Second the picture on the beer can doesn’t appear to be sexual in nature at all. There is a cartoon woman who is riding a caribou across the sky, naked, throwing her bra and panties to the wind. Sure the woman is nude, but being nude doesn’t always imply or solicit sexual advances. The woman appears to be a happy, strong, and free person, who is naked by her own accord. Midnight Sun Brewing Company also carries another beer called Pleasure Town IPA with a naked man riding a caribou through the sky as well. We are not up in arms over this beer, but why? Because a naked man doesn’t warrant sexual solicitation, but a woman does? If so, I am not only concerned that people in my community jump from a mild image of a naked woman to rape, I am disgusted. As a woman, my body—naked or clothed—will never be subjected to over‐sexualization or victimization by anyone. Men and women are not just their bodies, and Midnight Sun Brewing Company's cartoon images do not support any notion of victimization. 

 

I understand that concerned people seek to be sensitive to social and health issues within our state, but sometimes when one becomes overly sensitive to issues, it can perpetuate problems rather than alleviate them. Take for instance the issues of racial inequality. As an Alaskan Native Inupiaq woman, I believe it is important to be proud of my culture and proud of my fellow native people, but at the same token I don’t separate myself from my nonnative peers. I don’t wish to be treated any differently in opportunity or accolades amongst any group of people. When we start using gender or racial identifiers in everything that we do, we are perpetuating a separateness between people rather than working together. If we’re sensitive enough to know and understand there are differences among us, but create a world catering to those differences we’re perpetuating a problem of inequality. If we become overly sensitive about this cartoon image of a woman’s body and even insofar suggest that it promotes rape culture, we are supporting an idea that women’s bodies are reduced to objects of prey. And this is not true. Women are not prey; they own their bodies, just like men do.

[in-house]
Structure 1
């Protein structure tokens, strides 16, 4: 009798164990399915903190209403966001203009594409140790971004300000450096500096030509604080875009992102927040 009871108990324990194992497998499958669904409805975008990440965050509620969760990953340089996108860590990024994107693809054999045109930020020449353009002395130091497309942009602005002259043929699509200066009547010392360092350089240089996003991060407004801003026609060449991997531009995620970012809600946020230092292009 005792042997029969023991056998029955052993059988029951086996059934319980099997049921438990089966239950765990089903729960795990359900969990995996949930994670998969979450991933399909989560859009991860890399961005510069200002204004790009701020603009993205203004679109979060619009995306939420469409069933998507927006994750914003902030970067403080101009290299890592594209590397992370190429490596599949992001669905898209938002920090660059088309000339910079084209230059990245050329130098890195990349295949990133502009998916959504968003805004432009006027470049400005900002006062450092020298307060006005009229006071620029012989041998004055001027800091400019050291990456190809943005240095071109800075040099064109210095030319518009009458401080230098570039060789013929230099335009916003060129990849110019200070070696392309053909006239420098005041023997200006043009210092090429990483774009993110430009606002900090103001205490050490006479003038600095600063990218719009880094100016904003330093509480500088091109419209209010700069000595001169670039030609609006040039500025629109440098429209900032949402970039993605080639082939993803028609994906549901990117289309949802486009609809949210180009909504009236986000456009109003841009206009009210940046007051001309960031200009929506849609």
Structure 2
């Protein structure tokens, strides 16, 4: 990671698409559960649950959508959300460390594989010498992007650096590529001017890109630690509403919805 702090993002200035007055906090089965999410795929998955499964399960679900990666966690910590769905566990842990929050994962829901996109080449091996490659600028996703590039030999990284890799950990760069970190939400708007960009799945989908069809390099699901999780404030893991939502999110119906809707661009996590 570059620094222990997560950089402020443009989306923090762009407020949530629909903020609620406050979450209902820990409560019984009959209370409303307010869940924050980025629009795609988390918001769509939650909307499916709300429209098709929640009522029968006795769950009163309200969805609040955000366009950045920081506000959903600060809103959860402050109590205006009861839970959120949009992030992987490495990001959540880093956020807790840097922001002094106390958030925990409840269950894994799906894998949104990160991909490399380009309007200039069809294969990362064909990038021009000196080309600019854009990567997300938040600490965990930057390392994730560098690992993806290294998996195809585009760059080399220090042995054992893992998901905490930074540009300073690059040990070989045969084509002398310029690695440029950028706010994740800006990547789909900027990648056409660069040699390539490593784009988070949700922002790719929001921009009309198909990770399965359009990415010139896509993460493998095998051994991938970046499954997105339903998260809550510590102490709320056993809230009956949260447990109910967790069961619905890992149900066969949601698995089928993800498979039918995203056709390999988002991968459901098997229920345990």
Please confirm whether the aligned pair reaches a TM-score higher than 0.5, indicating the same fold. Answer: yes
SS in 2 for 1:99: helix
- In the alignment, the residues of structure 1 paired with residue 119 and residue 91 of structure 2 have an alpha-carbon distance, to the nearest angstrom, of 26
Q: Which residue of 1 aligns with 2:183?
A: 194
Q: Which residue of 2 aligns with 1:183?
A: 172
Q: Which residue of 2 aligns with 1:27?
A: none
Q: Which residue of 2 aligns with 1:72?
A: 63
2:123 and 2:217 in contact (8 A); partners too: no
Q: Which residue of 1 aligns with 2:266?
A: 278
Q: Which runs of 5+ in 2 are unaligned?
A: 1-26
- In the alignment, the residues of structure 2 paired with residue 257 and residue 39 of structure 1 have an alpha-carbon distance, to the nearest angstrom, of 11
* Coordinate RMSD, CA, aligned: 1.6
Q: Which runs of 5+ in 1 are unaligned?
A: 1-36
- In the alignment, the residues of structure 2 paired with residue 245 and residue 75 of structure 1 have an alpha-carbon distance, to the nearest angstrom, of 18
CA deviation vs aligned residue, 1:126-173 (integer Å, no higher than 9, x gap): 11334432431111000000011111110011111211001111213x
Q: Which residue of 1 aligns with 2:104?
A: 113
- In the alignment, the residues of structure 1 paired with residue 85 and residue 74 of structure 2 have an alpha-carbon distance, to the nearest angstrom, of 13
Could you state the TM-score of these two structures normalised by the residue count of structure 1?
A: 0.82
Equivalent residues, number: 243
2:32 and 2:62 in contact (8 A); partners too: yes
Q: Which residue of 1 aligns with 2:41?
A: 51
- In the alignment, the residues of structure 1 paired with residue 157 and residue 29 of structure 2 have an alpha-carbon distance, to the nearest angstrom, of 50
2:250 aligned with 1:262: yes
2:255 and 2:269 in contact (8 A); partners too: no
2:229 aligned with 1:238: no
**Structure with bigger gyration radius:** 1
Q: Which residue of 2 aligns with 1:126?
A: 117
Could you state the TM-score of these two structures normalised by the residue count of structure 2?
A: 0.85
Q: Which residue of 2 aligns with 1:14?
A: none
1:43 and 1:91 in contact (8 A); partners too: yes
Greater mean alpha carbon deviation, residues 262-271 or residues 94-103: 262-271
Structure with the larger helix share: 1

I advocate the empowerment of women, but by attacking a local brewery owned and operated by women, will that fix anything? Is it the best route to combat a statewide sexual assault epidemic? There are bigger and better avenues to combat sexual assault like raising awareness and educating people at a young age. We should be teaching children and adults about boundaries. Everyone should recognize that these people are your friends, your family members, and your neighbors. We should be persecuting sexual offenders, rather than giving them a slap on the wrist. Instead of blaming a beer can, we should be holding offenders accountable, the justice system should follow through and carry out proper sentencing, and we should empower women, not victimize them. Changing one beer name isn’t the solution to the greater problem. 

 

The discussion is ongoing and the exposure to social issues are being recognized. It’s both a shame and blessing that it had to happen at the expense of a local, cooperative, and forthcoming organization The Midnight Sun Brewing Company. 

 

I understand that most people have good intentions behind these accusations. I understand that they feel they are doing their part in combatting serious social and health problems. It can be difficult to draw a line between what is creative and what is appropriate, and sometimes when one has to question or defend the motives so much, then there probably are inherent flaws in it to begin with. I agree. I see this, but I also feel I have some responsibility to question the basis of these allegations and to question these perceptions of women as a whole. Our perceptions of each other drive our social interaction. It is important to be progressive and empowering towards women rather than belittling or victimizing, especially in a state with the highest rate of sexual assault. Is the problem the beer can, or is the problem a dated perception of women? Because a naked woman on a beer can doesn’t offend me, but the fact that you correlate women’s bodies with rape culture offends me, and concerns me as well. 

 

Victimized or empowered? I choose empowered.